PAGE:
How do you revive an industrial giant laid low by itself? In Hindi, there is the phrase of hitting your own leg with your own axe, essentially doing something bad to yourself.
American Icon tells us how Alan Mullaly MADE Ford come together by slashing red tape and pushing the company to unite.
It is also revealing for its timelines, which tell us just how long it can take even for the CEO of a big company to get his way. After Mullaly instructed division heads to colour code their slides according to the importance and urgency of their problems, they thought highlighting the problems would make them look incompetent — especially in front of their peers — and refused to follow his advice. It took a few weeks before one person decided to do so, and it was only after everybody saw that the pioneer wasn’t fired that they started to colour their slides. That means that Alan Mullaly, CEO of Ford Motor Company, actually sat through a couple of high-powered meetings with his subordinates knowing full well that there were problems in the company, but also knowing that he wasn’t being told about them.
In a world where we hardly know anything about what our bosses are up to and how decisions are made, nuggets like this provide perspective to readers about how slow or difficult things really are at the top.
Another nugget in the book that makes a strong impression is a story about the board. Bill Ford, the company chairman, isn’t a finance man. But somebody on his board was, and took ownership of financial guidance. Carl Reichardt was CEO and chairman of Wells Fargo from 1983 to 1994 and a Ford director till 2006. Before he retired, he took Bill Ford aside and told him the financial market was going to harden, and advised borrowing “as much as you can while you can”.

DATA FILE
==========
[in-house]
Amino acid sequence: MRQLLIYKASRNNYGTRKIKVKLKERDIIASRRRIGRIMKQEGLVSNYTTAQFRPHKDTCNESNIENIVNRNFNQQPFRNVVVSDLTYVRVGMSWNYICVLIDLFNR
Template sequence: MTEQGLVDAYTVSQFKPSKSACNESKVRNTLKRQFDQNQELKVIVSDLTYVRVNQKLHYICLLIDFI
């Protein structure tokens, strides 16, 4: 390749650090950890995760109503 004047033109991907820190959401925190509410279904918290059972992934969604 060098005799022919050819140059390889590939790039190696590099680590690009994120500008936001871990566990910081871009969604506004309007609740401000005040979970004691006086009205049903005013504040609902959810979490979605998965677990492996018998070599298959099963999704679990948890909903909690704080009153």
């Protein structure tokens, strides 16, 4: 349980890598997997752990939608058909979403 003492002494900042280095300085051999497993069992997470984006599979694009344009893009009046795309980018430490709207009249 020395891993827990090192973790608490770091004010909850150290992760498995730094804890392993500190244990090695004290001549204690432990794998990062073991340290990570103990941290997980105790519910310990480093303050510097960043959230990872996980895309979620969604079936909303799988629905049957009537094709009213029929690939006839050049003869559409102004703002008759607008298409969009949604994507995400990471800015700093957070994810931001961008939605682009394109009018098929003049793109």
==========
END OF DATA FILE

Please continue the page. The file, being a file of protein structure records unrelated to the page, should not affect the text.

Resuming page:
That simple bit of judgement from Reichardt helped push the Ford company into mortgaging everything it had — including its blue oval logo — for $25 billion at the height of the credit boom. When the tide turned and credit costs spiked, Ford was able to ride out the recession paying low interest costs, thanks to its cheap loans.
What the Mullaly slide incident tells us about management, the Reichardt tells us about boards of directors.
The book is peppered with such eye-openers, and its biggest accomplishment is not about telling us how Mullaly succeeded, but in outlining for us everything that goes into success. We learn about Mullaly’s second thoughts about quitting Boeing and moving to Ford, we learn the conversation that Mullaly had with his boss regarding this, and we find out how Mullaly was able to demand that Bill Ford not overlap on his judgements once he had joined Ford. Especially eye-opening is the information that Mullaly used to report for work at 4:30 am.
What is the job of the Chairman or the CEO like? What exactly do people in these posts do? And what, by the way, is the difference in responsibility when the positions are held by two different individuals? We’ve all wondered about this.
American Icon is an excellent answer to all those questions.
Reading Recommendation: Everyone in the service sector, and everyone who has crossed four years of experience should read this book. Freshers and first time readers might not grasp the significance of the advanced aspects discussed, but they won’t be bored reading them.